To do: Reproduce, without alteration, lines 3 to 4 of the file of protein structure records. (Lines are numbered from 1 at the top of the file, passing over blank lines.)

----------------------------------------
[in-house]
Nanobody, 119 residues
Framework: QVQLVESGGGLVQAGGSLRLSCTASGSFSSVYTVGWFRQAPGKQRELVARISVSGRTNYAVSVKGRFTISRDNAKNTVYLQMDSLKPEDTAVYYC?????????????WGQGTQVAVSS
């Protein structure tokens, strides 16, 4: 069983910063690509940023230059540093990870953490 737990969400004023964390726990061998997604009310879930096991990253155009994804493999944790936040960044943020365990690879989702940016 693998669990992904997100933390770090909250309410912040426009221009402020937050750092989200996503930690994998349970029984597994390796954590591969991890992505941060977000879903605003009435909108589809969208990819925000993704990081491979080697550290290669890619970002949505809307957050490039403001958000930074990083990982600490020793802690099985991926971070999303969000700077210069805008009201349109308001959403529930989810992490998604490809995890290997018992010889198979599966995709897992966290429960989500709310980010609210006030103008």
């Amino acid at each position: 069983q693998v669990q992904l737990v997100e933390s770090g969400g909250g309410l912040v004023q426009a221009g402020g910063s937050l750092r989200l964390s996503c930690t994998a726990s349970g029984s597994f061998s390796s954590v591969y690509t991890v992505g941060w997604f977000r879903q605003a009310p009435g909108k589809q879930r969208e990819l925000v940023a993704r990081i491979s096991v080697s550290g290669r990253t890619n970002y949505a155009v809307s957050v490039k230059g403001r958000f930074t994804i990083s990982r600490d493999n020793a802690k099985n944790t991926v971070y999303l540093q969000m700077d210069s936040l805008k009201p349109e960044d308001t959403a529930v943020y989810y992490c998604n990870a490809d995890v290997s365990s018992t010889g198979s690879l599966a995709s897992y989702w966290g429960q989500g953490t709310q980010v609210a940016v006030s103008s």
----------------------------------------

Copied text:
Framework: QVQLVESGGGLVQAGGSLRLSCTASGSFSSVYTVGWFRQAPGKQRELVARISVSGRTNYAVSVKGRFTISRDNAKNTVYLQMDSLKPEDTAVYYC?????????????WGQGTQVAVSS
């Protein structure tokens, strides 16, 4: 069983910063690509940023230059540093990870953490 737990969400004023964390726990061998997604009310879930096991990253155009994804493999944790936040960044943020365990690879989702940016 693998669990992904997100933390770090909250309410912040426009221009402020937050750092989200996503930690994998349970029984597994390796954590591969991890992505941060977000879903605003009435909108589809969208990819925000993704990081491979080697550290290669890619970002949505809307957050490039403001958000930074990083990982600490020793802690099985991926971070999303969000700077210069805008009201349109308001959403529930989810992490998604490809995890290997018992010889198979599966995709897992966290429960989500709310980010609210006030103008």